About twenty years ago Danish artist Lars Kræmer started the Artmoney project. His idea is for artists to make small, bank note-sized pieces of art with a fixed value of two hundred Danish Kroner. These pieces of arts can be then be used to pay for goods and services. According to Wikipedia about 1,300 artists in 40 countries participates in this project and there have been exhibitions of artmoney. Continue reading Art and monetary policy
Today we celebrate 60 years of space flight. On October 4, 1957 the first man-made object, the Sputnik, was launched into orbit. This event caused a staunch competition between the USSR and the USA to put the first man on the Moon. After the Moon landings public interest in manned spaceflight faded away and so did political support. Continue reading six decades
Earlier we proposed that solving puzzles should be a school subject. A study by researchers at the University of Exeter shows that solving puzzles like crosswords on a daily base, strongly improves one’s cognitive abilities at old age. More precise: regular puzzle solving is linked to better memory and thinking skills.
This study supports our proposed policy of including puzzle solving in the curriculum of schools, as it suggests that this will improve overall intellectual skills and hence will likely have a positive effect on academic performances.
Daily crosswords linked to sharper brain in later life (Science Daily)
The Guardian has an interesting article on sex robots. Doctor Aimee van Wynsberghe points out that sex robots both offers possibilities and risks: on one hand this emerging technology could help certain people (elderly or disabled people) to get sexual satisfaction, but on the other hand there is the risk of increased objectification of women. Continue reading Sex robots
Cosmic radiation is one of the most serious dangers to human spaceflight and hence a serious issue for space colonization. Consequently radiation protection is no luxury for space settlers and without this space colonization is unlikely to succeed.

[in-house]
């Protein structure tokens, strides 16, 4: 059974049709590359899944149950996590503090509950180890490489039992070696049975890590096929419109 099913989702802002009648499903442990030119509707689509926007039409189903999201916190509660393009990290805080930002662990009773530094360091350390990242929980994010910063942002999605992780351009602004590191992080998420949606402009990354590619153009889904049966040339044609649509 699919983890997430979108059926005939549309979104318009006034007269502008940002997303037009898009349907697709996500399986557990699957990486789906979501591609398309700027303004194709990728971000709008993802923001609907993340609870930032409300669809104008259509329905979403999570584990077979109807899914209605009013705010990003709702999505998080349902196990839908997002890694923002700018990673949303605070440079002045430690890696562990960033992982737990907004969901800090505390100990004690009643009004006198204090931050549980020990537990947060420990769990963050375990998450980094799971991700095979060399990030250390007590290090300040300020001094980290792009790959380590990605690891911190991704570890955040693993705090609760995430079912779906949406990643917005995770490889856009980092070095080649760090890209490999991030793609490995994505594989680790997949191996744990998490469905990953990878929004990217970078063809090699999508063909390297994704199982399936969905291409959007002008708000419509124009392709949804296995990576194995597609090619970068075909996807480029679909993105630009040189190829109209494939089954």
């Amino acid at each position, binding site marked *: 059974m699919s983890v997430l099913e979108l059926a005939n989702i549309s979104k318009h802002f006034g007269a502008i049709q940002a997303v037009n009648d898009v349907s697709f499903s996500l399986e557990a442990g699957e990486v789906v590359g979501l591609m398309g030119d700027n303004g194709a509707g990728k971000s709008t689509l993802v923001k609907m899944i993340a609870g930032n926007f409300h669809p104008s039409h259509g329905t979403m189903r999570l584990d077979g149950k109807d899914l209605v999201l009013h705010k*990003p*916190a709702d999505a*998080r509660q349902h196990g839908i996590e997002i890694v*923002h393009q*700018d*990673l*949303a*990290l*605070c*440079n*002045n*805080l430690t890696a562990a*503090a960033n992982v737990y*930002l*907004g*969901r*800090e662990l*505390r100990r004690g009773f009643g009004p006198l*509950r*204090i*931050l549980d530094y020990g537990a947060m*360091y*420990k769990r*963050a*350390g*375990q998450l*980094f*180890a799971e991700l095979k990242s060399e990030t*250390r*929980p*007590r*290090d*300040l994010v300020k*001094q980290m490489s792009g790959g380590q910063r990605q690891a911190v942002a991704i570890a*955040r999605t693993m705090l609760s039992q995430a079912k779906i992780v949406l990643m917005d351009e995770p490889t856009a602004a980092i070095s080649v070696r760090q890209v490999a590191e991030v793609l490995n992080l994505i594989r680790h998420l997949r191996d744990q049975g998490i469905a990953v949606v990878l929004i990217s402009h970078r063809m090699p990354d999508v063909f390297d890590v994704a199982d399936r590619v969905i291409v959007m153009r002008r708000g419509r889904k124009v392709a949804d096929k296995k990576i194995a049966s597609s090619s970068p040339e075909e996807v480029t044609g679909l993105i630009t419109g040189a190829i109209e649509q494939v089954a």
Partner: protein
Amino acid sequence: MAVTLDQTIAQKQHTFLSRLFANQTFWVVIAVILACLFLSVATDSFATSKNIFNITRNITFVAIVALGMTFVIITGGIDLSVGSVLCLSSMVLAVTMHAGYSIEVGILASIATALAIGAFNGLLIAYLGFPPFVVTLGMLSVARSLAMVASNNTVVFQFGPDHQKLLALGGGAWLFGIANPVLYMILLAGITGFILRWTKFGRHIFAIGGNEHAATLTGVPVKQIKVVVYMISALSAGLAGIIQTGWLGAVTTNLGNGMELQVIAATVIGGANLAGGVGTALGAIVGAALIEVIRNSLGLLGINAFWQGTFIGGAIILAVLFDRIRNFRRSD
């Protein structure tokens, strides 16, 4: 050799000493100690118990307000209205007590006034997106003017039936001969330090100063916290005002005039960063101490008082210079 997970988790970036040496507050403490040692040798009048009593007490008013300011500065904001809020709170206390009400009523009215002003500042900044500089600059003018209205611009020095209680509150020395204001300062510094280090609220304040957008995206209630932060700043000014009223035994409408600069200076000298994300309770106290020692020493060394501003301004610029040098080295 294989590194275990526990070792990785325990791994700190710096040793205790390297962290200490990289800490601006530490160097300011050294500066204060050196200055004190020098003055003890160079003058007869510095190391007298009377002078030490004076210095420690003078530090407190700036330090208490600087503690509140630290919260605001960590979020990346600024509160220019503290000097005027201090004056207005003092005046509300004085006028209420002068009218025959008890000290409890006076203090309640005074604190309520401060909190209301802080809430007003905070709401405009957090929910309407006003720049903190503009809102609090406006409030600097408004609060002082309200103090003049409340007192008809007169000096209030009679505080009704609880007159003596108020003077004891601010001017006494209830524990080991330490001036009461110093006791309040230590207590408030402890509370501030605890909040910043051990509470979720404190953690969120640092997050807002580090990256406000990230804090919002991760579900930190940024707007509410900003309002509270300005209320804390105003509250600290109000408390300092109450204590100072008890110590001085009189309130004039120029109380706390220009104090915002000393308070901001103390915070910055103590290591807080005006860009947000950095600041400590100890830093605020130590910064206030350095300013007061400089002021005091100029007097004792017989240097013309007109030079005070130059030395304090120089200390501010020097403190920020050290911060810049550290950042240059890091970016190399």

Researchers at the Australian National University have developed a new nano material that could reflect cosmic radiation. A thin film of the material could provide radiation protection of astronauts and space settlers. Compared to other shielding techniques this material appears to offer a light-weight protection.
Apparently there are plans to introduce an opt-out system of organ donation in England, after the Scottish government has announced to introduce such system there. An opt-out system means that every person is automatically an organ donor unless he/she or his/her next of kin objects. Continue reading Organ donation
A funny concept developed by artists Kris De Decker and Melle Smets is the human power plant. As the name suggests this is a power plant which converts human labour into electricity. Like many artistic projects, the main purpose of this project is to make people think about our energy consumption. Continue reading Human Power Plants
David Graeber, professor in anthropology at the London School of Economics has conceived the concept of bullshit jobs. He defines a bullshit as any job which would not be missed by anyone if those jobs would suddenly disappear. More over he classifies jobs as bullshit ones if the very people who do those jobs consider their work as useless. Continue reading Bullshit guarantee… (?)
A toy library is similar to an ordinary library, with the principal difference that instead of books people can borrow toys. Since playing – especially with other children – is an essential feature of growing up to a healthy individual, toy libraries should be support by (local) governments. Continue reading Toy libraries